• “You get what you measure”
        • What leaders inspect is what people work on
      • Customers don’t know what they think is good, they just know when it’s bad
    • 16. New service development design considerations What to collect, keep, for competitive advantage. At issue here is privacy and who really ‘owns’ the data? Can you think of any service that doesn’t depend on information? Information Adjusting your plans to accommodate customer requirements, or is there a way to drive demand to map to your ability to deliver (think of happy hour). Managing capacity and demand Measurements and managing expectations. Service quality is covered in another module. Quality Employee training and empowerment. The culture your people experience affects their ability and willingness which in turn affects customer relationships. Service encounter Queues and demand. Typically we don’t plan for full capacity which would result in waste. What do we do with excess capacity? What do we do with customers when we have to make them wait? Capacity planning Size, layout, how does it feel? Important in B2C – if people are uncomfortable they probably won’t come back. Facilities design What does the customer see, where does production occur? In B2B can we seamlessly move information from one processing point to the next? Delivery system Considerations Element
    • 17. Service blueprint components Physical evidence Customer actions Onstage Employee actions Backstage Employee actions Support processes Line of interaction Line of internal interaction Line of visibility Desktop PC and applications, ticket, records IT request, problem call to help desk, etc Takes call, opens ticket, visit to employee desk side Refers to manuals, asks for help from team Time recording, payroll, training, etc
    • 18. Component business modeling
      • Groupings of people, technology and resources
      • Delivering some value
      • May operate independently
      • Enterprise view of collection of components
    • 19. Strategic positioning through process structure
      • From Fitzsimmons (pp 84-86)
      • Process enables positioning
        • Complexity divergence
      • Service process object
          • Goods
          • Activity exchange
      • Degree of customer contact
    • 20. Service system design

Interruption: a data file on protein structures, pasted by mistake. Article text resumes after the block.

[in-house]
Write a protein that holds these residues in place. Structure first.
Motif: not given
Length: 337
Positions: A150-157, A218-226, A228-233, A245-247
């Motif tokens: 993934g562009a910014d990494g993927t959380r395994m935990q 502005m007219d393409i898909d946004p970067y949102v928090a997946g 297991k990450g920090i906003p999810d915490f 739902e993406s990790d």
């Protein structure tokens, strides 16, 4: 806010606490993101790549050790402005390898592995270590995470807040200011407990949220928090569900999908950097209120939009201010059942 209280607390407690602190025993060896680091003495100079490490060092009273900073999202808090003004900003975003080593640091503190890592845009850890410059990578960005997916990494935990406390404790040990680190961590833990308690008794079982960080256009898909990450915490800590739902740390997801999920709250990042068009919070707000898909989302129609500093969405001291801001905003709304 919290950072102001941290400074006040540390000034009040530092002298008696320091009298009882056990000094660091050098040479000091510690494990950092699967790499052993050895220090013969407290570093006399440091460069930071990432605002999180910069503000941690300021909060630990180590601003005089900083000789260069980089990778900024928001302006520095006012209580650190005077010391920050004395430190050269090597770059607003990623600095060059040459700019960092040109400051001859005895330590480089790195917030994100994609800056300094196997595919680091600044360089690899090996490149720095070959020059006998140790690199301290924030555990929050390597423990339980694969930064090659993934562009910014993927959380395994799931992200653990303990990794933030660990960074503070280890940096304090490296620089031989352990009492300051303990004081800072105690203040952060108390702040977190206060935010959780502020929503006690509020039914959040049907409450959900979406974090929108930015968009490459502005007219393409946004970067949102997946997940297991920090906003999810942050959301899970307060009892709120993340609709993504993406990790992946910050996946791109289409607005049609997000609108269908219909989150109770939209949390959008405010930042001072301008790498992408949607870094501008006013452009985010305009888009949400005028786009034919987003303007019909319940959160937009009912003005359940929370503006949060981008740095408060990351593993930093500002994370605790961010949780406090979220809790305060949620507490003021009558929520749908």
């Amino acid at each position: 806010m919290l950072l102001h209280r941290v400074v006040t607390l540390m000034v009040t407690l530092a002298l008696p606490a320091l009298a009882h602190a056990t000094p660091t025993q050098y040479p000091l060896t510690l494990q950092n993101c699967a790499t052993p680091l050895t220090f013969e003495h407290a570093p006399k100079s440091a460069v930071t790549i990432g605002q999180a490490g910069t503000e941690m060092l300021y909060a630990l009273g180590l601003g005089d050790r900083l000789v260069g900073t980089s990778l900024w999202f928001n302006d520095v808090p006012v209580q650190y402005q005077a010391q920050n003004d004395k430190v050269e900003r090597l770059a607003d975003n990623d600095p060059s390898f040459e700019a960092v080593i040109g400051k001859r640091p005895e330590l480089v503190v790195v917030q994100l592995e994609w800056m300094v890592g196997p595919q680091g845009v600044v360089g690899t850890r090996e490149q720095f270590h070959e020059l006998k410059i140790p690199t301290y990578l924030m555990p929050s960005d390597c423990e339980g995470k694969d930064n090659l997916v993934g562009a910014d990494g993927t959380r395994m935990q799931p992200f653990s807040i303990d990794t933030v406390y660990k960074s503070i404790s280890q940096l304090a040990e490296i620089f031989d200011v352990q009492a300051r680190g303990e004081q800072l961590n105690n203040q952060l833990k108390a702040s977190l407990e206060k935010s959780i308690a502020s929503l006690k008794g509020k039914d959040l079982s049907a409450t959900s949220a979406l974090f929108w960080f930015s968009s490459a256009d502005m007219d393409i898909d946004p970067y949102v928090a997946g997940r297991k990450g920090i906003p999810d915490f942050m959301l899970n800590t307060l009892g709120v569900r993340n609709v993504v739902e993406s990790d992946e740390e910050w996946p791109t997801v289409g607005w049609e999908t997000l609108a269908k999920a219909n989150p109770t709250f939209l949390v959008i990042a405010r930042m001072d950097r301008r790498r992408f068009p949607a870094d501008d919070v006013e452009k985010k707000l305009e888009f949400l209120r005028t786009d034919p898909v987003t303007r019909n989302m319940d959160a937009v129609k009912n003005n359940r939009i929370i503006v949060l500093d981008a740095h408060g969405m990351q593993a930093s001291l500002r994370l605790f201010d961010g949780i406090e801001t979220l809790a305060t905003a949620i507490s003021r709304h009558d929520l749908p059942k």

• Continuum of customer activity as co-producer
        • From ‘production line’
        • To self service
    • 21. Managing capacity and demand
      • Strategies to manage demand
        • Segmenting customers
        • Price incentives
        • Other promotions
        • Complementary services
      • Strategies to manage capacity
        • Shared capacity
        • Cross-training
        • Part-time
        • Shifts
        • Increasing customer participation
    • 22. Service supply chain
      • Systems view
      • Attempting to generate efficiencies
      • What’s different in the services supply chain?
        • Customers as suppliers result in relationships rather than a chain of activities.
        • Typically production and consumption occur at the same time.
        • Service capacity is “inventory”.
        • The customer may supply shoddy inputs
    • 23. Value chain
      • Process view
        • Activities in order
          • Portfolio
          • Design
          • Demand generation
          • Selling
          • Production
          • Delivery
          • Invoicing
          • Post sales support
    • 24. Marketing: strategy, branding, communications, pricing, profit
      • The experience has as much impact as the deliverable
      Experience + Results Price + Convenience Value experienced =
    • 25. Positioning and branding
      • Positioning
        • Analyze
          • Market – to segment
          • Internal – to target
          • Competitors – to differentiate
      • Branding
        • Be memorable
        • Recognizable
        • “Mind-share”
    • 26. Communications
      • Inform, persuade, create credibility
      • The 5 questions
        • Who is the target audience?
        • What do we want to tell and achieve?
        • How should we tell them?
        • Where does the communication go?
        • When and how often?
    • 27. Pricing
      • Value based pricing
      • Cost based pricing
    • 28. The 4 Ps plus 3
      • The 4 Ps from marketing
        • Product
        • Place
        • Promotion
        • Price
      • The 3 Ps in services
        • People
          • Relationships and loyalty
            • Keep the ‘right’ customers
            • Existing customers increase profit added without additional cost.
        • Physical evidence
        • Process
    • 29. What’s different in marketing of services?
      • Marketing mix more variable
      • Closely linked marketing and operations
      • Customer interface
      • Inventory management
      • Determining costs
    • 30. Activities (2)
      • Using the graphic below, conduct a discussion about the possibilities or limitations of business process outsourcing from two viewpoints – that of the firm and that of the customer.
      IT enabled services graphic used with permission of Dr. Uday Karmarkar of UCLA